Though Freeport-McMoRan Inc (NYSE:FCX) has earned the right to ask for free advice from Credit Suisse Group AG (ADR) (NYSE:CS), it has elected to pick Goldman Sachs Group Inc (NYSE:GS) and Barclays PLC (ADR) (NYSE:BCS) for the same. According to a Reuters report, the company has sought the help of the two firms to find private equity companies that are willing to finance few of its projects.
The decision to find funding sources came two years after the company took over the two oil companies; McMoRan Exploration Co and Plains Exploration & Production Co in a $19 billion deal. Freeport-McMoRan Inc (NYSE:FCX) acquired the two companies with the intention to diversify its copper loaded portfolio. However, the oil slump lately has left the company more worried.
As oil prices went southward from $100 per barrel to $44 per barrel, the company is finding it increasingly difficult to generate cash or even develop its two acquired assets. Both copper and oil prices slipped by 20% and 50% respectively, forcing Freeport-McMoRan Inc (NYSE:FCX) to find funds in order to meet its capital expenditure requirement in the Gulf of Mexico.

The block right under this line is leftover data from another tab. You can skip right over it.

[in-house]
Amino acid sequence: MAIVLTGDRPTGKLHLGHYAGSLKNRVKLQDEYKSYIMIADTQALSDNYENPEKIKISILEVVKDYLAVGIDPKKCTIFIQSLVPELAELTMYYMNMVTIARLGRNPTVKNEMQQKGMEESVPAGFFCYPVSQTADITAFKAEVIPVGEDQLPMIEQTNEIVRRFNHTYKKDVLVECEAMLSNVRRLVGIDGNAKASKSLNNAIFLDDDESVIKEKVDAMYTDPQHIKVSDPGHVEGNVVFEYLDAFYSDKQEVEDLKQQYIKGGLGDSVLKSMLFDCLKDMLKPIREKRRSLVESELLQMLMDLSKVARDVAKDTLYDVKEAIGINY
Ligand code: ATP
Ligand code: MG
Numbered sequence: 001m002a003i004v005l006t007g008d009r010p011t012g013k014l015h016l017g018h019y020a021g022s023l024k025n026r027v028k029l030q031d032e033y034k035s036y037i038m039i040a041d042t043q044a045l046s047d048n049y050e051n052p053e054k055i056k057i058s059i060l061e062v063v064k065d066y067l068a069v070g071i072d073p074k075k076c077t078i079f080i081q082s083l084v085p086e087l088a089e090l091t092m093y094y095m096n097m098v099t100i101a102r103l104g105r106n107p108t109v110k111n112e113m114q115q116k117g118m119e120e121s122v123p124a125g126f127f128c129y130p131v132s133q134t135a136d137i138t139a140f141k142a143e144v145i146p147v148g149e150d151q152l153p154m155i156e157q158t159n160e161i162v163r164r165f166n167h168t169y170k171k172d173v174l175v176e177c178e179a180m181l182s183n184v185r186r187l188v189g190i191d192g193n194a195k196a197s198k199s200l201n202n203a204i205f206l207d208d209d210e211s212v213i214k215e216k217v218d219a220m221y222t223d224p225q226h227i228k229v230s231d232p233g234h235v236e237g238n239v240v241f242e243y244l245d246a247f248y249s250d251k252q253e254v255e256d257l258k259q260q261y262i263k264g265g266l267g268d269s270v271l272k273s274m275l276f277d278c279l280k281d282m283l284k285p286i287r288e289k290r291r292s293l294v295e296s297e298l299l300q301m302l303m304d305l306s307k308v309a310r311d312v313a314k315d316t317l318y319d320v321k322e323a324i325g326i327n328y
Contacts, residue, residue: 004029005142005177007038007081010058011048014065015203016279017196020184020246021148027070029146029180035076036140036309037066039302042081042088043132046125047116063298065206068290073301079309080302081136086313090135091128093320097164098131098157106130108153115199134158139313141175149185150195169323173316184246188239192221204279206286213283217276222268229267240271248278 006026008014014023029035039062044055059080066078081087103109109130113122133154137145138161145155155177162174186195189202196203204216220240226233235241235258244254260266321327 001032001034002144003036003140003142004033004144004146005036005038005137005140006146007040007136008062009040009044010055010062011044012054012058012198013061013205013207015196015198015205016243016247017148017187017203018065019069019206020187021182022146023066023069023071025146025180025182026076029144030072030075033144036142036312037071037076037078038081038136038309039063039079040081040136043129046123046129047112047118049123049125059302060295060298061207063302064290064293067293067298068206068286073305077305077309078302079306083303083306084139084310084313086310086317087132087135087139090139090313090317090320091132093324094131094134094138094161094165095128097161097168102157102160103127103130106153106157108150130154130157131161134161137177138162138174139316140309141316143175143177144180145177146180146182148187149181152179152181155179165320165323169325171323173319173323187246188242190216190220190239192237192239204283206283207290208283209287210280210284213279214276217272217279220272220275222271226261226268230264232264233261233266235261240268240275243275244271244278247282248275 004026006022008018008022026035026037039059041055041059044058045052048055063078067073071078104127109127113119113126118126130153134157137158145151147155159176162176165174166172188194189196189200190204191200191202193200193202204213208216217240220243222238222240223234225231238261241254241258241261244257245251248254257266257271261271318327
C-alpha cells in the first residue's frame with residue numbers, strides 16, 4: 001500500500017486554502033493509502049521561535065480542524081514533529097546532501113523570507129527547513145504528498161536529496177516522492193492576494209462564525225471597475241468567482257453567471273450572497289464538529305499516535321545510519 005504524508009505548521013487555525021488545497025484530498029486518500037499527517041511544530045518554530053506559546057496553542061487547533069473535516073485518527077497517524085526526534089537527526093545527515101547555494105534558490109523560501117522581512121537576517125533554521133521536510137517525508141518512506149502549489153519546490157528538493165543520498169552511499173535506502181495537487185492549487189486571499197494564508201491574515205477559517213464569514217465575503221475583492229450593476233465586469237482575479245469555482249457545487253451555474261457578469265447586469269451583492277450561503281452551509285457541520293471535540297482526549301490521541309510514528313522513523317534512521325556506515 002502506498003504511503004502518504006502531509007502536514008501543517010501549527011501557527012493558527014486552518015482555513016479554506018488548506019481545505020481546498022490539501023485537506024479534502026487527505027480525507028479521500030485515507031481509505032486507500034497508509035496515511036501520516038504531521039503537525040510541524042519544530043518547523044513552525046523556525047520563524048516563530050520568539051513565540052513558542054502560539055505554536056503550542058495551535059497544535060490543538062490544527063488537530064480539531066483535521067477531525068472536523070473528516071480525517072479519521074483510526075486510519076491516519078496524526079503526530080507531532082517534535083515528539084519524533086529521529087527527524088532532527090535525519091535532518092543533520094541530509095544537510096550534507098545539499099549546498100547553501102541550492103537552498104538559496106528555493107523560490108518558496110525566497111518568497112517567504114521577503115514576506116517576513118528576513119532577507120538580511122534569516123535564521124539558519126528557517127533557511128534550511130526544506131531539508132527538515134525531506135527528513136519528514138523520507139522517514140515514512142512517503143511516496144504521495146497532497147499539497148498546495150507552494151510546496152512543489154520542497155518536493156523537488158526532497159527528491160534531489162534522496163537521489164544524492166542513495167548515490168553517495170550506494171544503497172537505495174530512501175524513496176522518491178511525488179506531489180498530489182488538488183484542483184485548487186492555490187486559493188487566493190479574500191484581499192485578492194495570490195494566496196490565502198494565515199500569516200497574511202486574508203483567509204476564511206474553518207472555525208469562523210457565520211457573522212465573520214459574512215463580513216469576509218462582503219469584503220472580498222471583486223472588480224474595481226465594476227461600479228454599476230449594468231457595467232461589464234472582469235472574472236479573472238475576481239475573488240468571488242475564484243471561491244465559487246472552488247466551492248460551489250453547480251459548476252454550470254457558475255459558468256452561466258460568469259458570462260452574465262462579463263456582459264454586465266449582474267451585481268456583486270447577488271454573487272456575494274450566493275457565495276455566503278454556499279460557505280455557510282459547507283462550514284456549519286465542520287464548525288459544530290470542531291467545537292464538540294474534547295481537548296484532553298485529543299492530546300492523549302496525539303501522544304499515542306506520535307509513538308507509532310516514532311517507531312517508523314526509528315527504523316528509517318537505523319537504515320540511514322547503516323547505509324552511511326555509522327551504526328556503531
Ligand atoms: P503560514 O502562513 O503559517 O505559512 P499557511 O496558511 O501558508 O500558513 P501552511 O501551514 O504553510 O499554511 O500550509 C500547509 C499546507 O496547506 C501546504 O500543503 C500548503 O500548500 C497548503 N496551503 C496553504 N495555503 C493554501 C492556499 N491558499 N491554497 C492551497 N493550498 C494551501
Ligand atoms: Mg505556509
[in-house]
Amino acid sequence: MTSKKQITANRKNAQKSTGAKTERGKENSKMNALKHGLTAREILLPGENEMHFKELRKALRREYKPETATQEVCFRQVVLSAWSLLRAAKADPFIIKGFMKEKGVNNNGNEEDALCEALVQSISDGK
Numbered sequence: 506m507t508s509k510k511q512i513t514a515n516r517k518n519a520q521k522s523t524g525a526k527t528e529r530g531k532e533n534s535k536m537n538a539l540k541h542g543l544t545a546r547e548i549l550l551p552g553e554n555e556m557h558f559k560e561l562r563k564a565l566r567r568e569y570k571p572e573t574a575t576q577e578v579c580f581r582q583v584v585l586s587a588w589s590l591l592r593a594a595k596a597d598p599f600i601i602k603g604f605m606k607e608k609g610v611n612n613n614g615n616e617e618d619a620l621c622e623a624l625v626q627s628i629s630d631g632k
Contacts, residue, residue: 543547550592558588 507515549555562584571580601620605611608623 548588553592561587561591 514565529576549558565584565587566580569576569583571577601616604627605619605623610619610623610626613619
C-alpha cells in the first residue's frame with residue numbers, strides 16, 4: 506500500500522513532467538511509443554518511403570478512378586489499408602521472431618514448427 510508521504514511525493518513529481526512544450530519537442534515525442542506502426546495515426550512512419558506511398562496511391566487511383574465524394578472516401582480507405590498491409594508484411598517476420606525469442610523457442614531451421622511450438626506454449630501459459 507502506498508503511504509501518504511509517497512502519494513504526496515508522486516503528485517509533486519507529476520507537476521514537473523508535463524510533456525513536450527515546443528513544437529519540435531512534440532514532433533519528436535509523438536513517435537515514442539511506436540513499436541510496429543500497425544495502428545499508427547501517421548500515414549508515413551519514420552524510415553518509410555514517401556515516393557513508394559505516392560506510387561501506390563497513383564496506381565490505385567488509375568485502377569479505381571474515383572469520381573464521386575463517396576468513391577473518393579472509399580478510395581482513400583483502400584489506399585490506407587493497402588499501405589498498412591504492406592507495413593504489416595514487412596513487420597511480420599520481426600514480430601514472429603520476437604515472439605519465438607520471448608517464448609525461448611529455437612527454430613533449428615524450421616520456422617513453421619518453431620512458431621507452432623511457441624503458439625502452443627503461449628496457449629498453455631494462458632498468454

Billion dollars cash need
As per people with knowledge of the matter, Freeport-McMoRan Inc (NYSE:FCX) is underway discussions with Apollo Global Management LLC, Blackstone Group LP and Warburg Pincus LC for potential partnerships. Though the exact requirement of capital is not known but it is speculated that the company will need billions of dollars. The 2013 deal to buy two oil companies pushed Freeport-McMoRan Inc (NYSE:FCX) under debt pile. The company has been trying hard to shed its debt, but its efforts have so far gone vain. As a part of its efforts, the company had come to finalization of the sale of its $5 billion worth of assets located in California but oil plunge prevented Freeport from doing so.
Meanwhile, the company continues to face workers’ demonstration at its Indonesian unit, which is an added concern for the company. The stock closed 3% down at $17.42 during the previous day’s trade.